|Flags from all the countries competing.|
Competition day starts early and ends late. Its a 45min bus ride on a twisting road to get to the structure. Upon arriving we go into the isolation area and wait to be called out for route preview. We are allowed to look at the route for the length of time we have to climb the route, usually 7 min for preliminaries. After preview we go back to isolation and wait for our turn to climb.
Last year the routes in Korea started on ice. This year that wasn't possible as it had been too warm and they were unable to make the ice form on the wall. What was the same as last year, and for most venues, there are two men's routes. The men are divided into groups and 1&2/or A&B and they climb the route that they are assigned. I was assigned route 1 which was on the left hand side of the wall, the same as I climbed last year.
I felt that last year one of my big problems was that I rushed and fell off early in some of the comps. One of my goals was to not climb rushed. Starting with leaving isolation I made it a point to not worry about the time. Last year when I would leave isolation I always had a felling that I had to move fast. Get to the route fast, tie in fast, and climb fast. While moving efficiently is important, just going fast leads to mistakes.
|This year as well as having cameras on the ground and on the wall they had radio controlled drones flying around.|
Climbing the route I felt pretty good. At the preview the route looked very difficult and I was worried that it might be really hard. Once I started climbing the holds were a lot better than they looked from the ground. As I climbed I tried to think about how to best do each move before doing it. I think I did okay for the most part. There was one move that I really stalled route on. the hold was facing sideways and it was a long way to the next one. I wanted to lung for it, but I figured there was just one small area that was good which you couldn't see, meaning I had to reach way up and be in control when I hooked the next hold. After watching others climb the route I saw a better way that I could have done the move and possibly made it easier.
|Into the last minute of climbing the prelim route. I made the next clip and got three more holds. Photo: Eimir McSwiggan|
It felt like the time passed very quickly. I heard the one minute warning and kicked it into high gear as I was still pretty low on the wall. I was able to climb quite a ways before the clock ran out, but in the end I was a couple moves short of making semi finals. Over all I'm fairly happy with how I climbed. This was the first time in IWC for me that I haven't fallen off before the time ran out. Now I need to work on reading the route better from the ground so I can move more efficiently while climbing. In hindsight there where clues that were visible from the ground about the route that I had missed. Unfortunately it takes practice to read the routes from the ground and that is something that I can't work on at home.
I also did speed climbing on Sunday. Because it had been so warm the ice was not very good so they didn't let us practice very much. We were supposed to have two practice runs. On my first run both tools ripped out of the ice right after leaving the ground and I fell off. They didn't let me get back on. The second practice run went okay and I got to the top. In the prelim round I fell of the the 1st route about 3-4 meters up. Because they were combining both scores and I didn't get a score for the 1st they didn't let me even try to climb the second route which was disappointing s I did speed because I was hoping to be able to climb some which didn't really happen. For some comps they only take the faster of the two times and throw out the slower time so you can still climb even if you fall off the first time.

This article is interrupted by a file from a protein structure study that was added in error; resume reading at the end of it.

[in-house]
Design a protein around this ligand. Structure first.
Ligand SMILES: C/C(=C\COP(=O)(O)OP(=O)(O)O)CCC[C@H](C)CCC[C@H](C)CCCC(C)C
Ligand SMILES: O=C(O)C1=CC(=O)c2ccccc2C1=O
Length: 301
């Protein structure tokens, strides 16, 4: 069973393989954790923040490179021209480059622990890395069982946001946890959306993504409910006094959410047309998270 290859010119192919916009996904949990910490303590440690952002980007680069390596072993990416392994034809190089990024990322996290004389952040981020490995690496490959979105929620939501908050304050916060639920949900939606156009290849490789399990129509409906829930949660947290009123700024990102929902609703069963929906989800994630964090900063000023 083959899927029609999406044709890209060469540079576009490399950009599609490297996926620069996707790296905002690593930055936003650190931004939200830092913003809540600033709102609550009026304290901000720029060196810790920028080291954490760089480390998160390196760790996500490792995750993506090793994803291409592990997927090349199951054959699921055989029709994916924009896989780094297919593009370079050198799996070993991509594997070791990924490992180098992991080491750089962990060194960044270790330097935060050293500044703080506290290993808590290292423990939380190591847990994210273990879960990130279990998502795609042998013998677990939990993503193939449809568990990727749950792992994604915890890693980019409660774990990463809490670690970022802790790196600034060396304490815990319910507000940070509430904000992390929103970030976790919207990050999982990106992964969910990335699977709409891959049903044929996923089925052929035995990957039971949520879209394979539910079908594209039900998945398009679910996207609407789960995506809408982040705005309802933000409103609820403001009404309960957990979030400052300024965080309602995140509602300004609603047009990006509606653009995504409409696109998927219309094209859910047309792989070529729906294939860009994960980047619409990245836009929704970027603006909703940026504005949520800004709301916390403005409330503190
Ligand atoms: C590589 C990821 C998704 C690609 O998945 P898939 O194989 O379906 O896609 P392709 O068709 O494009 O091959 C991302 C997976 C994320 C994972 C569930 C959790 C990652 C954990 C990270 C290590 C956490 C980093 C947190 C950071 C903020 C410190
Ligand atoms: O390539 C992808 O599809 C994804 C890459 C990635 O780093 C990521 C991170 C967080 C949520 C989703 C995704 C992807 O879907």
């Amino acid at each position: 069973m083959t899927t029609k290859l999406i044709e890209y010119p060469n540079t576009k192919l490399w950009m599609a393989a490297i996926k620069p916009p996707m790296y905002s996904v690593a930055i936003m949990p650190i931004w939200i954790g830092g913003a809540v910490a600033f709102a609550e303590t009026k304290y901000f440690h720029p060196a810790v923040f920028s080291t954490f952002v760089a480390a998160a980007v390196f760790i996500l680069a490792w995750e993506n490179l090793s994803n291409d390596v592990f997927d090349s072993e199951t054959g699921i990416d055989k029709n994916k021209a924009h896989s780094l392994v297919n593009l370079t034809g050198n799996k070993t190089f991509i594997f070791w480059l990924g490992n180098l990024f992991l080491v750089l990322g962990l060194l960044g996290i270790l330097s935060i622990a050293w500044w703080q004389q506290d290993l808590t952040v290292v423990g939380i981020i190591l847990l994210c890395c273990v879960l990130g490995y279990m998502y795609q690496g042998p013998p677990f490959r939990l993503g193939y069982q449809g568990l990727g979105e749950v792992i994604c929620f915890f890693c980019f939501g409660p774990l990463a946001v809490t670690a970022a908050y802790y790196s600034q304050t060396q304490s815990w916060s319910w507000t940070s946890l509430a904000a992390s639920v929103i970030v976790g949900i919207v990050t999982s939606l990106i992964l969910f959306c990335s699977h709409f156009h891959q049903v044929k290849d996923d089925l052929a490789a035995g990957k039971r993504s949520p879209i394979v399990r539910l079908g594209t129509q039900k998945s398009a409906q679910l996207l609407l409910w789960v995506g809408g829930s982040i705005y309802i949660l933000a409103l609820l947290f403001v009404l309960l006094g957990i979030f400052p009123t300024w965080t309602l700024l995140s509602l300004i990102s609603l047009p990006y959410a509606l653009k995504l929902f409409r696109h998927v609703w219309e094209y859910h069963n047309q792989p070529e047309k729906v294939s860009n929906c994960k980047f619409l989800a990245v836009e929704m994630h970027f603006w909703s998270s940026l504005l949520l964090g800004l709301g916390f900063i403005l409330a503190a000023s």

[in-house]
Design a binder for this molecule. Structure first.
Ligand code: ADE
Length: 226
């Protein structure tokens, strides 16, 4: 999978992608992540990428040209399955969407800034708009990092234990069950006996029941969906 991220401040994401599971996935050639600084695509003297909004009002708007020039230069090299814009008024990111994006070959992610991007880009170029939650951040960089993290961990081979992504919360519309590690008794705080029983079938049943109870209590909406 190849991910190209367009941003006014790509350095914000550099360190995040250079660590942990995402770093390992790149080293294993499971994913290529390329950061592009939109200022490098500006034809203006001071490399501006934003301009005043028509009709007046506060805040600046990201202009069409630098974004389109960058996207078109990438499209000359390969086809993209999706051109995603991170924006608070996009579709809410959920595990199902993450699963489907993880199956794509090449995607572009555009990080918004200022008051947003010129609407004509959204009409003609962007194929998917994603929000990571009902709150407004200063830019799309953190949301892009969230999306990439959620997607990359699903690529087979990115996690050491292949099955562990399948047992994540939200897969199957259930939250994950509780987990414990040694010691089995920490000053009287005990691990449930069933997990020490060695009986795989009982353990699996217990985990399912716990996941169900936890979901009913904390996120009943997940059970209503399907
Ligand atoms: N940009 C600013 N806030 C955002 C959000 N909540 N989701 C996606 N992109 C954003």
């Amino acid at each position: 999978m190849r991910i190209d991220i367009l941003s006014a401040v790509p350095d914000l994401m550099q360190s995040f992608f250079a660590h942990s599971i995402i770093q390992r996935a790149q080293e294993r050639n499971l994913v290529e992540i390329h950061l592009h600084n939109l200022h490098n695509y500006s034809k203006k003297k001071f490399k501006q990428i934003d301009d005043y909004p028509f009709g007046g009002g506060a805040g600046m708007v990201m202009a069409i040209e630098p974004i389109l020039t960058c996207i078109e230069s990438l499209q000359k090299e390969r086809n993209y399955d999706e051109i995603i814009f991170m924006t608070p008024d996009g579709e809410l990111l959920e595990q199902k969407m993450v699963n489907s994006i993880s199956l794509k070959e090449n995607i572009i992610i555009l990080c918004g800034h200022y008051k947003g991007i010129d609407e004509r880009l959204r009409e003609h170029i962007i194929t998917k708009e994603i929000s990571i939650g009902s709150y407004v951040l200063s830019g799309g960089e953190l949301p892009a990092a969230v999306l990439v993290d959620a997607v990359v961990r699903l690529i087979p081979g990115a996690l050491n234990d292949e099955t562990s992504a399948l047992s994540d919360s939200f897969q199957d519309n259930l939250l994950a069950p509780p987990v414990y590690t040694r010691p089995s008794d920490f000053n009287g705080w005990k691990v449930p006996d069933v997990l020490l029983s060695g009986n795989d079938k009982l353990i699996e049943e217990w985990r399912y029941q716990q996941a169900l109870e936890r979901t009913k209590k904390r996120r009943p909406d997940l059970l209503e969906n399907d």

|Inside the press booth. It was amazing to see all the people and equipment it takes to run and live stream the competition.|
For the finals, the UIAA was looking for someone to help do announcing for the live feed. They needed someone who understood IWC and had experience with it as well as being able to speak English. It just so happened that I fit so I got to sit in the press booth and watch the finals while helping with the commentary. This was the first time that IWC has had commentary/announcing for the live stream so it was neat to be part of that. I don't know if I'll be doing any more in the future but there is a good possibility.
On the bus ride back to Seoul the last activity that they had planned for us was lunch at a traditional Korean restaurant. It was perhaps the most interesting cultural experience I had on this trip. Many of the athletes seemed a bit turned off by the food. While I wouldn't want to do it everyday it was fun ind interesting for me. There were a few Koreans who were helping out with the competition who were able to guide us thru what the different things were and how to go about eating them.
|You leave your shoes at the door.|
|Traditional seating on the floor.|
|A large variety of Korean foods.|
After being dropped off at the bus statuon in downtown Seoul I lead a group of friends to the south part of town to meet up with another friend to do some training at the gym she goes to before heading to the airport. The gym is run by the Korean lead route setter. He helped the Lead route setter for the UIAA with the route setting for Cheongsong and did all the setting for all the Korean comps leading up to the World Cup.
|Riding the subway.|
|Drytooling at the gym.|
|Korean market on the way to the bus station.|
I am now in Romania. I flew in last night via Qatar. I didn't get to see much but it was really interesting to see the Persian Gulf, Saudi Arabia, Kuwait, and Iraq from the air. Today I pick up some friends at the airport and we drive to Busteni for the next comp.